Enterprise Architecture: Top-Down Makes My Head Hurt

By Deane Barker

My buddy Rob and I were talking the other day about top-down vs. bottom-up enterprise architectures. My last company attempted to implement a top-down architecture, where every system was planned out as to where it fit in the grand scheme and everything was on one big server under one language, etc. To my knowledge, they’ve never pulled it off and the project is going nowhere after two years of trying.

I’m more inclined to believe that for a lot of systems, bottom-up is the way to go. Let business units use what they need, then integrate them with XML and Web services. Obviously some things, like CRM or transaction processing, need to be large-scale stuff running on big iron, but how about the “glue.” You know, the hundreds of little systems that get built to handle one thing or the other?

In a perfect world, things would work out like my old company’s attempt at top-down – everything would fit seamlessly into a whole. But to bring this sharply back to the world of blogging, things like department intranet sites don’t need this kind of planning or attention, and to do so will result in more time spent on integration than on the actual use of the system.

Given that XML, SOAP, and Web services can bridge systems across technological chasms, why not just let people use what they need to use, be responsible for their own stuff, and integrate where and when you need to? This was the entire concept behind The Cluetrain Manifesto, and the promotion of this concept is almost tantalizing enough to get me back into the corporate world just to prove a point. Almost.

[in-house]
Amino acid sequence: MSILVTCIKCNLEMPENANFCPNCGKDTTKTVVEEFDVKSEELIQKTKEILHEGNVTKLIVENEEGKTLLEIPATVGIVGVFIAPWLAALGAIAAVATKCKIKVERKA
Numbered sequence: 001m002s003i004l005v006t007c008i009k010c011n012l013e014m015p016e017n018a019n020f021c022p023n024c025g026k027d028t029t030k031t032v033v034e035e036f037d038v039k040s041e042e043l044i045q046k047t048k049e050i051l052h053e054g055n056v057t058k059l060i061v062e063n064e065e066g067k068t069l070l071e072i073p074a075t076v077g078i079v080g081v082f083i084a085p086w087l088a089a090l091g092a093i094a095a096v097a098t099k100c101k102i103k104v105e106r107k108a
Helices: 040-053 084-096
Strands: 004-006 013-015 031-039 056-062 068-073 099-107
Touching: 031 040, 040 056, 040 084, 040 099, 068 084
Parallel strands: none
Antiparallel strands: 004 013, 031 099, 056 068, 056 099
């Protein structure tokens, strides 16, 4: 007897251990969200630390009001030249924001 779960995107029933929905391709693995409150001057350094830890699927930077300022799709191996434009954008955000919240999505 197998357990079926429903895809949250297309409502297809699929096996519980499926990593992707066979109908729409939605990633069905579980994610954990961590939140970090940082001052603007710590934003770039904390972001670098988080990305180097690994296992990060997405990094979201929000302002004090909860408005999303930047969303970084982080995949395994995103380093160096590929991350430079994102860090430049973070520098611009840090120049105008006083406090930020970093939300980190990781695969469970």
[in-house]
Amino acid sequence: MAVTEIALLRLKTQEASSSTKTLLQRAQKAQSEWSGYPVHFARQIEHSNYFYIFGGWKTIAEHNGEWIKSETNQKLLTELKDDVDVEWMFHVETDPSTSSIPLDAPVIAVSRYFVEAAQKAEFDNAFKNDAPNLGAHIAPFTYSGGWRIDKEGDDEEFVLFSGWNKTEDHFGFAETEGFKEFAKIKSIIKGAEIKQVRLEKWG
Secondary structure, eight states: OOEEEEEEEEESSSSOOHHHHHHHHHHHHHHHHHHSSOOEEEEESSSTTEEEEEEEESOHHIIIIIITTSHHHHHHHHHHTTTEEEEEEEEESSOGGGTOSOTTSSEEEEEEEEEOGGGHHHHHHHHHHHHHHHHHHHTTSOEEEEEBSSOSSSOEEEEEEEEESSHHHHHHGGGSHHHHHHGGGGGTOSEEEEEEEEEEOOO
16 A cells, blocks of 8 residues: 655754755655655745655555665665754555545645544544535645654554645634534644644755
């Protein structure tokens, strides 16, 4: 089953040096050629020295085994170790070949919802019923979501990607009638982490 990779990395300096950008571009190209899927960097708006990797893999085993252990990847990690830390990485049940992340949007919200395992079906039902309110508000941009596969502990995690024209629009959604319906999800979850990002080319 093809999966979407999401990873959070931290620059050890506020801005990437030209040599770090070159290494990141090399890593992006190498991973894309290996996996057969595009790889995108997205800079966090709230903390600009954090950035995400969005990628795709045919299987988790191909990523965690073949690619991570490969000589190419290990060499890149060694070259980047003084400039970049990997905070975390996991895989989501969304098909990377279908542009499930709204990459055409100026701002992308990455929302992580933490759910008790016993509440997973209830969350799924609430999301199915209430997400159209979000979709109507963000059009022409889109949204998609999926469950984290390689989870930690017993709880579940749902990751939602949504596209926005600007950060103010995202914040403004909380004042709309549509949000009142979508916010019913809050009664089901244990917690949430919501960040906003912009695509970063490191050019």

My old company spent months and months and months trying to work out an intranet strategy. Every time I thought we were close, the project would get bogged down in architecture-this and integration-that. In an effort to build the perfect system, we ended up with no system.

If I were to do it again, I’d give every department a Movable Type blog on a desktop box running under a desk somewhere. Architecture hounds would scream, but I bet the departments would be thrilled, would start using them right away, would overlook any “grand scheme” shortcomings, and would get ROI in the quadruple digits long before we’d get an approved requirements document for the “big” system.

That said, rant over.

This is item #351 in a sequence of 357 items.

You can use your left/right arrow keys to navigate